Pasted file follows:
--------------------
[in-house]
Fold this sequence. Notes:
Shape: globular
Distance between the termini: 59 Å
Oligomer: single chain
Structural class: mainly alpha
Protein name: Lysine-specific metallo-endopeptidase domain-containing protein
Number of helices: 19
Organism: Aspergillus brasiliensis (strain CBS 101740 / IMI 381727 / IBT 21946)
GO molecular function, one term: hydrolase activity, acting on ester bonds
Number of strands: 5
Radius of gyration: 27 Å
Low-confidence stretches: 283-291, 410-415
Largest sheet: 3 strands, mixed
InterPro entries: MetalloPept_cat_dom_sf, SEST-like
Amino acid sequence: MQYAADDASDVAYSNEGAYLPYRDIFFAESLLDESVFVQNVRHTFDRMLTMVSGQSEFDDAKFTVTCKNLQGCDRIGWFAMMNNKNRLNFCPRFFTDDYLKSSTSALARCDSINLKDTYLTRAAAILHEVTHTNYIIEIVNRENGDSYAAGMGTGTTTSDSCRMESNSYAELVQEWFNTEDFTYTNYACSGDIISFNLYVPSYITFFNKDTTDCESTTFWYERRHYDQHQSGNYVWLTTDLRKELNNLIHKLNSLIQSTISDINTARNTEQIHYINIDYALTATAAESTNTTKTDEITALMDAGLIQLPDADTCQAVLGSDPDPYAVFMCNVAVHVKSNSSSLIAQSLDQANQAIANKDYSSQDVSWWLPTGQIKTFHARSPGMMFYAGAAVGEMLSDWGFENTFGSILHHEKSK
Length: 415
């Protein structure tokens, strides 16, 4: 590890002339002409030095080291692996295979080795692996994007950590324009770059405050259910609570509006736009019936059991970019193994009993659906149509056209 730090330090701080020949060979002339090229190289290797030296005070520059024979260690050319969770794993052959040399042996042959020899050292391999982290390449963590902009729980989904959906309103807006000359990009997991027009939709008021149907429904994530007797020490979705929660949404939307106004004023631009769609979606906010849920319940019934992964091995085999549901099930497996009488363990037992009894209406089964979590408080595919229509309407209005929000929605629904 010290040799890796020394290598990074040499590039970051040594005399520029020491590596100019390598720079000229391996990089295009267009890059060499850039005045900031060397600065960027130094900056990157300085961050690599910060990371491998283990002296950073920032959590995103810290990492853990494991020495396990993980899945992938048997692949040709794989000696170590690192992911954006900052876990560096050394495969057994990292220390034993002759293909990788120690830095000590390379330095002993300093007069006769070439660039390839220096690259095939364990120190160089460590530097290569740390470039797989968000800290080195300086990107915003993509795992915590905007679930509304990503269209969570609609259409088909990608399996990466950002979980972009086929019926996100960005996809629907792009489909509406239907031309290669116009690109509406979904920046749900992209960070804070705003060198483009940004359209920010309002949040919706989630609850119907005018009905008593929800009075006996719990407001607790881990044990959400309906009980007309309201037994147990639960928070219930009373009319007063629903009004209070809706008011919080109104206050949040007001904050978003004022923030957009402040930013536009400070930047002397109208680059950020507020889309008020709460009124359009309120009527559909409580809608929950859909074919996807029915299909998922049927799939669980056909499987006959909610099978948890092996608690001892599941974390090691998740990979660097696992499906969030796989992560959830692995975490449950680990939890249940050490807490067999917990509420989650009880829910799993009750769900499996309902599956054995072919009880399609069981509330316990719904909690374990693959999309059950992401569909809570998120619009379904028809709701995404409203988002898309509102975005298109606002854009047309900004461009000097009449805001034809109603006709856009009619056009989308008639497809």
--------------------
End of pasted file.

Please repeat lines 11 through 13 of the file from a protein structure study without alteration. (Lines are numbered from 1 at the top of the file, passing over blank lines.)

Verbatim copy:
Number of strands: 5
Radius of gyration: 27 Å
Low-confidence stretches: 283-291, 410-415